Much-publicized problems with hedge funds and the disappointing risk models of large banks should make community bankers more secure in relying on their more personal approach to lending and investing.

The stories of how banks-which are equipped with the latest computerized trading and investing tools-were unprepared for the volatility also pointed out how expensive this failure was. And the difficulties of Long-Term Capital Management and other hedge funds that relied on historical data to plan their portfolios further emphasize that computer models are nothing to bet the ranch on.

Sure, academic economics can point out that the problem often is simply a matter of time. If the shaky arbitrage positions had been allowed to remain open long enough, the recent wide spreads between risky and riskless assets would have narrowed back to traditional levels, and the hedge funds and banks betting on this trade would have made tons of money.

Being highly leveraged organizations, however, whose lenders wanted their money back as the securities used as collateral fell in value, they ran out of time. And like a roulette player who doubles up every time he loses, expecting eventually to break even, arbitrageurs may run out of capital and go bankrupt before the law of averages turns and works in their favor.

The reaction of community bankers to all this appears to have run the gamut from sadness for their fellow financial professionals to a private joy at their problems.

But where community bankers must have agreed was in feeling an affirmation for lending and investment practices that emphasize knowing individual borrowers.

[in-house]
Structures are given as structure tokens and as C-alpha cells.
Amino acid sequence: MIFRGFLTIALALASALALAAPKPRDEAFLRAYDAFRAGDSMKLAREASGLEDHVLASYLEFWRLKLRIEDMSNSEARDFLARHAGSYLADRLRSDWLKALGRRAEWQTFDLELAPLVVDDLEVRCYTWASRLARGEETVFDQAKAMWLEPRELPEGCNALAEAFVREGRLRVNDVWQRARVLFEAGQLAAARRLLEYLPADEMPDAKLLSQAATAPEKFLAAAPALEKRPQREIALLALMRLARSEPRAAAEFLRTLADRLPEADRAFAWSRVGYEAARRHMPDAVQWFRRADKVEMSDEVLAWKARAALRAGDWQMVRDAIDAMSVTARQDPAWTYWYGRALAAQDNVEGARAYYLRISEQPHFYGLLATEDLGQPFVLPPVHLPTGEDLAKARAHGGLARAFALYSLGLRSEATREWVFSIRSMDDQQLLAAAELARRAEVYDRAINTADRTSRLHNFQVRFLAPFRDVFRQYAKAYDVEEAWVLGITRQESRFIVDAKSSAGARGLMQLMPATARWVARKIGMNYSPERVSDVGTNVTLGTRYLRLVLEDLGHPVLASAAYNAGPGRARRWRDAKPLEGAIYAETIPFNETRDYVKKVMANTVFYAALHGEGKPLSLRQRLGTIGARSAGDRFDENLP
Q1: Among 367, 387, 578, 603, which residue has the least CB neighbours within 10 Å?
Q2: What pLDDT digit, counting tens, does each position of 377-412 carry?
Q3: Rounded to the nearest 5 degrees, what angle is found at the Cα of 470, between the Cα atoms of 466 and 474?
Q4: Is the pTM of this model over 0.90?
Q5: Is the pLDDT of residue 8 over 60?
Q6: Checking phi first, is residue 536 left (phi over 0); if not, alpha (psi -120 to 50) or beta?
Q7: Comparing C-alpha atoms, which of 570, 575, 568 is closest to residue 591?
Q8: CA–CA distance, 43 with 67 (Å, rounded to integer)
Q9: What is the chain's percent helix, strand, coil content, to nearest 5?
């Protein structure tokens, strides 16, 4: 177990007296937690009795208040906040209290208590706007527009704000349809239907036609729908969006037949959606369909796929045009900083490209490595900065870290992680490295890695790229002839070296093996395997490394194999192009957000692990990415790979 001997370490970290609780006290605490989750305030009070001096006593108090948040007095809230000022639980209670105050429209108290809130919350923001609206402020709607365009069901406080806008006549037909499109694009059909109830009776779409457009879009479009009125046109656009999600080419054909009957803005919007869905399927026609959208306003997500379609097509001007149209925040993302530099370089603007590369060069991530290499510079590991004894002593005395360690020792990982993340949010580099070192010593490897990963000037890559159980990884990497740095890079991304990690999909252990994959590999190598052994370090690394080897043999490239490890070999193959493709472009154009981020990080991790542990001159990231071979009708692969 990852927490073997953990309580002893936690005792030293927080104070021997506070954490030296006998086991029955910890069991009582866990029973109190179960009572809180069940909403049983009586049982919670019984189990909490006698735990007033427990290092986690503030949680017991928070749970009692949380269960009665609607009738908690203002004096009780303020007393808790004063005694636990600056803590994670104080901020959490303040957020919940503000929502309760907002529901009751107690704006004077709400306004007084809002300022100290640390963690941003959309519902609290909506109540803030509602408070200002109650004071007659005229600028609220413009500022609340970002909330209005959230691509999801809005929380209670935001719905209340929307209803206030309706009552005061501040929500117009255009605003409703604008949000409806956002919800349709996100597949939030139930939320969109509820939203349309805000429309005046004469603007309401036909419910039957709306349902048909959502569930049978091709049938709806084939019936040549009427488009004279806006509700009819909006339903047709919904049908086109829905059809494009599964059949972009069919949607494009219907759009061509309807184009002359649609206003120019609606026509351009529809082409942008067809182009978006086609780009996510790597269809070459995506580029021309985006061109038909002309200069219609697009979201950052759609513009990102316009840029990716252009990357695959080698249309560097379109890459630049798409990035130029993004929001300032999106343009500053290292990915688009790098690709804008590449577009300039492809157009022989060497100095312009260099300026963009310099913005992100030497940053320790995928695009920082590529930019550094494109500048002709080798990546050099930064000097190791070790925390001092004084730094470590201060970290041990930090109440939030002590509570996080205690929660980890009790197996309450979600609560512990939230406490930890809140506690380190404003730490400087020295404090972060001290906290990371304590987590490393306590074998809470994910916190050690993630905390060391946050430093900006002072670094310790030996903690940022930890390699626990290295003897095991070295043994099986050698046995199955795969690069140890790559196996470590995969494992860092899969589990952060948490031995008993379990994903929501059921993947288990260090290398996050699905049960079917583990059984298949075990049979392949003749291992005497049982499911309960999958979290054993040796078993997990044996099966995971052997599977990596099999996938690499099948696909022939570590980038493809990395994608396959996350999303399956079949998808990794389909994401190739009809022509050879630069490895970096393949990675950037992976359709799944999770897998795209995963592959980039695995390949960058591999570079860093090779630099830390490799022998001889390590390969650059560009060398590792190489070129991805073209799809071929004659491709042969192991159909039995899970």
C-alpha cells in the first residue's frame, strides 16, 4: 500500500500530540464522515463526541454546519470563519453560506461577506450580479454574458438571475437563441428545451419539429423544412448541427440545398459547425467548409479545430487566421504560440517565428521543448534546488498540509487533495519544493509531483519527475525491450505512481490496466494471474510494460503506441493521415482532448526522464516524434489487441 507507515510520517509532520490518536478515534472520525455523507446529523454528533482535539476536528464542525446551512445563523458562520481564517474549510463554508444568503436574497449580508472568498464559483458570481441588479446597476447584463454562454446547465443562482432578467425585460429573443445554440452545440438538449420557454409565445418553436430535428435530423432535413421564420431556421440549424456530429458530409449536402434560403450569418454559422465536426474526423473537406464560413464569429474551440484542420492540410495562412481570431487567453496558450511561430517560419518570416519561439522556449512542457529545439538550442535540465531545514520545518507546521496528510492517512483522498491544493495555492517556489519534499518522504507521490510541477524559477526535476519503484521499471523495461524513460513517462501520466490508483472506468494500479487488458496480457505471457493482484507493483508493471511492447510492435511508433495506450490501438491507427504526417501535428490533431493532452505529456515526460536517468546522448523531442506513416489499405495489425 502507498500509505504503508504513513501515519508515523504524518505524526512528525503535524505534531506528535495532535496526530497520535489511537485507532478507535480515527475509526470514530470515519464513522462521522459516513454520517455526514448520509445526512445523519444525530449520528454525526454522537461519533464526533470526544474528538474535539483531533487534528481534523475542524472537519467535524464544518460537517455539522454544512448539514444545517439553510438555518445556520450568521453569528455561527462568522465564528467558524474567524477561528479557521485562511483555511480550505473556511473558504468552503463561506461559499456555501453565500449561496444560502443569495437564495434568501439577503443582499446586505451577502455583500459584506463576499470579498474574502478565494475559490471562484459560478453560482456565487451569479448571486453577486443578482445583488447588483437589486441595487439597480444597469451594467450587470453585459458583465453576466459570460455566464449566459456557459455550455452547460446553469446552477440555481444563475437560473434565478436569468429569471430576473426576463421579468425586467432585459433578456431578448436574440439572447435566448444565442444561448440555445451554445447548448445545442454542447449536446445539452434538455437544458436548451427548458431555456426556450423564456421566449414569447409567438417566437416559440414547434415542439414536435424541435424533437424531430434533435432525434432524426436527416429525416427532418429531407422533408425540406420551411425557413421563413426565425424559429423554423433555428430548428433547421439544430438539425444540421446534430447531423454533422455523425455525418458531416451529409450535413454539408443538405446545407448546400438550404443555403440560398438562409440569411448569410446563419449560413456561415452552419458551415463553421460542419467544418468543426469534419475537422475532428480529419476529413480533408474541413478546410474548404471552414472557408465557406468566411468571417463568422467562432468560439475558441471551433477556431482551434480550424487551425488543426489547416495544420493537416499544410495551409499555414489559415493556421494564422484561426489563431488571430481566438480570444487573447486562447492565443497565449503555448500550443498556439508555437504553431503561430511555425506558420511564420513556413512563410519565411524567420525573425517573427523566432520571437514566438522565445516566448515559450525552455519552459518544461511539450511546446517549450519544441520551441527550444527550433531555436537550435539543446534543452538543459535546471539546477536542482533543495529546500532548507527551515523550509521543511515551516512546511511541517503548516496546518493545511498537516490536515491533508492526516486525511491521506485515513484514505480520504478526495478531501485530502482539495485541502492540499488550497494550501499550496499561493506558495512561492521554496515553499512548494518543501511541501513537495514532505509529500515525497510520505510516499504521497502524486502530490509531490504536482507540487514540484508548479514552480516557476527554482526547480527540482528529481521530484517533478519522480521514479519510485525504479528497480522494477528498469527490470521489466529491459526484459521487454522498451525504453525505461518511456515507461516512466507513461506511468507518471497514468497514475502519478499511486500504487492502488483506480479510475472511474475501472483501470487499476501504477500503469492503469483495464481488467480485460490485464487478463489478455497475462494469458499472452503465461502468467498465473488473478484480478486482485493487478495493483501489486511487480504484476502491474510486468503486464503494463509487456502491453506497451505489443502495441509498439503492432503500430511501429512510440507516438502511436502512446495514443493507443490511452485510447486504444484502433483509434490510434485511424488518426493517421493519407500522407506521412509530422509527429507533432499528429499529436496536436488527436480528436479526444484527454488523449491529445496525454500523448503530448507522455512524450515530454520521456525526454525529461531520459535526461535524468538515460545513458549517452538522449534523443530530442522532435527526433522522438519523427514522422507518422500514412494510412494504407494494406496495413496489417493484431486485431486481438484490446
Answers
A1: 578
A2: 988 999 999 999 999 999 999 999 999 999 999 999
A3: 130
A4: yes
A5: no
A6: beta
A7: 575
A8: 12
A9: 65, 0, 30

Year after year the press and analysts talk about technical approaches to banking and how the community banker is behind the times. So it must have been pretty sweet to see these same pundits admit that the banks who felt rocket science should remain the province of NASA were not so out of date and poorly managed after all.

What is even more important to local bankers is the sense of relief at learning it is not a dereliction of duty if you don't play "follow the leader." All too often we have seen lenders get into trouble by assuming industry leaders know what they are doing.

Just following them is a familiar attitude, and doubting your own judgment if you disagree with what the leaders are doing is common, too.

I remember as far back as the Penn Central collapse about 30 years ago, when everyone had followed Citibank in supporting that ailing railroad. And when one young lender objected, the railroad people warned that they would report him to his management, which might fire him for disagreeing with his elders.

Some lenders who helped Long-Term Capital inflate its portfolio to $1.2 trillion must have lent out their money under the same philosophy-that it must be all right if the major banks were lending their own funds in such volume.

Sometimes supporting your own judgment takes courage.

One of my favorite stories is of the Florida bank that refused to write off a loan to a Holocaust survivor, as instructed by regulators, after his restaurant was demolished by Hurricane Gloria. Knowing that this man would meet his obligations whether there was collateral or not, bank officials preferred to leave the national bank system and take a state charter rather than do what they knew was wrong. How different this is from following a computer model either for arbitrage investment or, closer to home, using a credit scoring model to determine whether a loan should be made or not.

Bankers used to learn the four C's of credit-character, collateral, capacity, and conditions. Now I feel they face a world of three C's and a C-minus. Collateral has become tougher to repossess after a default, given the lax personal bankruptcy law and public sympathy for borrowers.

But maybe we should revise the four C's again and raise character from a C to an A. This is a lending tenet that many community bankers have used through the decades. And the hedge funds and banks using risk models have shown us, by their recent sad experience, that it is still a pretty good guiding star. Mr. Nadler, an American Banker contributing editor, is professor of finance at Rutgers University Graduate School of Management.

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